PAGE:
In recent years, whether a putative securities class is certified or not has been coming down to the expert witnesses involved, as well as their reports and event studies. This is due do the fact that the issues the Court must decide are not merely legal. The Court must determine whether the particular market is efficient and whether the alleged misstatement actually impacted the price of the security. These are questions that are best answered by expert witnesses. As one District Judge aptly concluded, whether one wins or loses securities class certification is ultimately a question of which expert’s event studies better persuade the Court.
In order to certify as a class, plaintiffs must establish that they meet the requirements of Rule 23(a). Class plaintiffs must establish that they are (1) sufficiently numerous; (2) there are common questions of law or fact; (3) the representative parties’ claims are typical of the class claims; and (4) the representatives could fairly and adequately protect the interests of the class. There is also a “predominance” requirement under Rule 23(b)(3) requiring that “the questions of law or fact common to class members predominate over any questions affecting only individual members.”
The Fraud on the Market Presumption vs. The No Price Impact Rebuttal
Traditionally, securities fraud plaintiffs could only recover in a private lawsuit if they proved that they relied on the defendant’s misrepresentations. However, this requirement for securities class actions would stymie many putative classes before they are started. The Supreme Court recognized that this burden is unworkable for securities class certification. The Court noted “requiring proof of individualized reliance from each member of the proposed plaintiff class effectively would [prevent the putative securities class plaintiffs] from proceeding, since individual issues then would [overwhelm] the common ones.”
As a result, the Court adopted the “fraud-on-the-market” theory. This allows putative securities classes to satisfy the reliance requirement by allowing it to use a presumption that the price of a security traded in an efficient market accurately reflects all public, material information – including material misstatements. Putative securities class plaintiffs must establish that the misstatements were made publicly and that the security was in an efficient market “to ensure that the questions of law or fact common to the class will ‘predominate.’”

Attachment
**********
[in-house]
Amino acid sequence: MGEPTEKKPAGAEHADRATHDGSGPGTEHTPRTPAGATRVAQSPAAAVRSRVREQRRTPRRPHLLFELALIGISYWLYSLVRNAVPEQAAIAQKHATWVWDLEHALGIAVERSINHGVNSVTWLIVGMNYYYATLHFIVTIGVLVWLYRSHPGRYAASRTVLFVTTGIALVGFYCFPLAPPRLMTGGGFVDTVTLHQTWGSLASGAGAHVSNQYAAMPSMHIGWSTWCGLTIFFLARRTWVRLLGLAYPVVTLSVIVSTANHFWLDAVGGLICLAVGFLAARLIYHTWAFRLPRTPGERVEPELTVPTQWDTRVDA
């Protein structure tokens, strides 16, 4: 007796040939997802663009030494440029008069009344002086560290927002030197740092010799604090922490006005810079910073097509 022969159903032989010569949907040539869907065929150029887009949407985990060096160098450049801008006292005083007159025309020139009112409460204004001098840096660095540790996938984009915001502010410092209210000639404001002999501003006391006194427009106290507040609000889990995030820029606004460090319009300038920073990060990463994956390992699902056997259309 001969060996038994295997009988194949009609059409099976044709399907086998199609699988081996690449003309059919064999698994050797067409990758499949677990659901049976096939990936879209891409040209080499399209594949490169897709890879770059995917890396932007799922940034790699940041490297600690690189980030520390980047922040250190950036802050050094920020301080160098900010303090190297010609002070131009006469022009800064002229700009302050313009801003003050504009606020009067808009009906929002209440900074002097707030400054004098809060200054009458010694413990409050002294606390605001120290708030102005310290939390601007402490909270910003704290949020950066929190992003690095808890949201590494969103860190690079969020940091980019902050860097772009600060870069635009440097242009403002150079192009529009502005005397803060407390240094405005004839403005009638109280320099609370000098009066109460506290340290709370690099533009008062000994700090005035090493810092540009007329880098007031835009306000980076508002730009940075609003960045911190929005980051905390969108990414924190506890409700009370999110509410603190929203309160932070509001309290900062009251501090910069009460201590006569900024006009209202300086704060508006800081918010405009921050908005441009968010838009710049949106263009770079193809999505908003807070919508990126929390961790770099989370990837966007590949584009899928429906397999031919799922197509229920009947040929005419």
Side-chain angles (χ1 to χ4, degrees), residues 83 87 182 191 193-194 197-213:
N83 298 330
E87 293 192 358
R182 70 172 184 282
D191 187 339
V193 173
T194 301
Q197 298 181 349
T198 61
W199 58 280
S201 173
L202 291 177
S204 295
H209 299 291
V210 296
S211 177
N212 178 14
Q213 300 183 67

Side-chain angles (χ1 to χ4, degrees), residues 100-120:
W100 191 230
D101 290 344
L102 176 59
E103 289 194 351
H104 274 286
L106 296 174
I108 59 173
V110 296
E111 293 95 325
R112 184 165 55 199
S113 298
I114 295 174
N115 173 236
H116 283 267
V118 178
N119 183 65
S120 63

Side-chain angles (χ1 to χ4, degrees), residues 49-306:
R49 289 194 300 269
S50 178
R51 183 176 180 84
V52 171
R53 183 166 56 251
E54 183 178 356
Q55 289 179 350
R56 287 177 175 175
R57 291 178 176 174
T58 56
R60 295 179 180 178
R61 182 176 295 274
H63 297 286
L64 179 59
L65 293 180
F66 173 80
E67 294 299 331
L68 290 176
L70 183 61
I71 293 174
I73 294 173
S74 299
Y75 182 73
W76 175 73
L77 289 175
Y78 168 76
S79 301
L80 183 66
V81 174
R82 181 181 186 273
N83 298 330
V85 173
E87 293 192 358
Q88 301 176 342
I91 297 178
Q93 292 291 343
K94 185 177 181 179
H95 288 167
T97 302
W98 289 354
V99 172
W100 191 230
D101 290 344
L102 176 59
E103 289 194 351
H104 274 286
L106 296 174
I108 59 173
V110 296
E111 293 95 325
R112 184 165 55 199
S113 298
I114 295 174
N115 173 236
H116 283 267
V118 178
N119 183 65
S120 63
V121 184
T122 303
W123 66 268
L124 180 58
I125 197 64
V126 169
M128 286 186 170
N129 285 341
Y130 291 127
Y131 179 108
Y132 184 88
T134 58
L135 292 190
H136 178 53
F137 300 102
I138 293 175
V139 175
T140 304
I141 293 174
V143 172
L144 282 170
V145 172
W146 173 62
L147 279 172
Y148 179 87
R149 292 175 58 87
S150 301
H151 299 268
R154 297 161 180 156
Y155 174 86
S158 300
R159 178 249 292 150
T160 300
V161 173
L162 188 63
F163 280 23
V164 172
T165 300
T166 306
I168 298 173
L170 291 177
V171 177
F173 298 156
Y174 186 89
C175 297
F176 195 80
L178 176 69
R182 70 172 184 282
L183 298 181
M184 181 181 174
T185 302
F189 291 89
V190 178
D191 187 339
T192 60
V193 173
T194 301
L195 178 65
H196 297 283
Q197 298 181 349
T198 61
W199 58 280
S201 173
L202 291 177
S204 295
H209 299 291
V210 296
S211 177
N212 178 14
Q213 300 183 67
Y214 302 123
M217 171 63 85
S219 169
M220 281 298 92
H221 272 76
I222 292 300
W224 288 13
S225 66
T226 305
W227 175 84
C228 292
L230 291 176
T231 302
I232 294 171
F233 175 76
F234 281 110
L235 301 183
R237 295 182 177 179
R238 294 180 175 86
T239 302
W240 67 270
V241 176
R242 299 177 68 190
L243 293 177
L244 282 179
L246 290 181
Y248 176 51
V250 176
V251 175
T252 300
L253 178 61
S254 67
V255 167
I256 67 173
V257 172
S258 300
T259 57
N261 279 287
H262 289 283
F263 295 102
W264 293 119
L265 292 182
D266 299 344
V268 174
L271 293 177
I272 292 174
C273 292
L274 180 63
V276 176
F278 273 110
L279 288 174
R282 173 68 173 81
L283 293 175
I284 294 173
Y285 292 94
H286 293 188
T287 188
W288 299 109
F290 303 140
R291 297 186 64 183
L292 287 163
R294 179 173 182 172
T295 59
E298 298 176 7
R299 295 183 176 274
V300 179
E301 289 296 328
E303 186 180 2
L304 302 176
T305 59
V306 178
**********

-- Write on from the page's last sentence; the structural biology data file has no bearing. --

For securities class certification, defendants have the opportunity to rebut this presumption. The Supreme Court in Halliburton Co. v. Erica P. John Fund, Inc., held that the defendants are entitled to use direct evidence to show that the alleged misrepresentation had no “price impact.” The Court reasoned “defendants must be afforded an opportunity before class certification to defeat the presumption through evidence that an alleged misrepresentation did not actually affect the market price of the stock.” This is significant because before Halliburton this sort of no “price impact” defense was not available to defendants until after class certification.
Expert Witnesses’ Event Studies Are Tipping The Scales For Securities Class Certification
Event studies have been referred to as being “ubiquitous in securities fraud litigation” and are “so entrenched in securities litigation that they are viewed as necessary in every case.” Event studies are perhaps the most important factors for securities class certification and can make the difference between winning and losing.
A putative securities class must first establish that the security is traded in an efficient market to establish its entitlement to the “fraud-on-the-market” presumption. Defendants do not always challenge market efficiency, particularly when “heavily-traded or well-known stocks are the target of the suits.” However, when the potential class action involves “small-cap stocks traded in less-organized markets” or other securities not traded on traditional exchanges, defendants are more apt to dispute whether the market is actually efficient. Regardless of whether the defendant mounts a strong defense to this point, putative securities class action plaintiffs are required to prove market efficiency and Courts typically expect expert evidence in this regard. The appropriate expert for market efficiency would be an economist or someone with experience investing, analyzing and otherwise valuating securities in the particular market at issue, particularly if such securities are relatively obscure.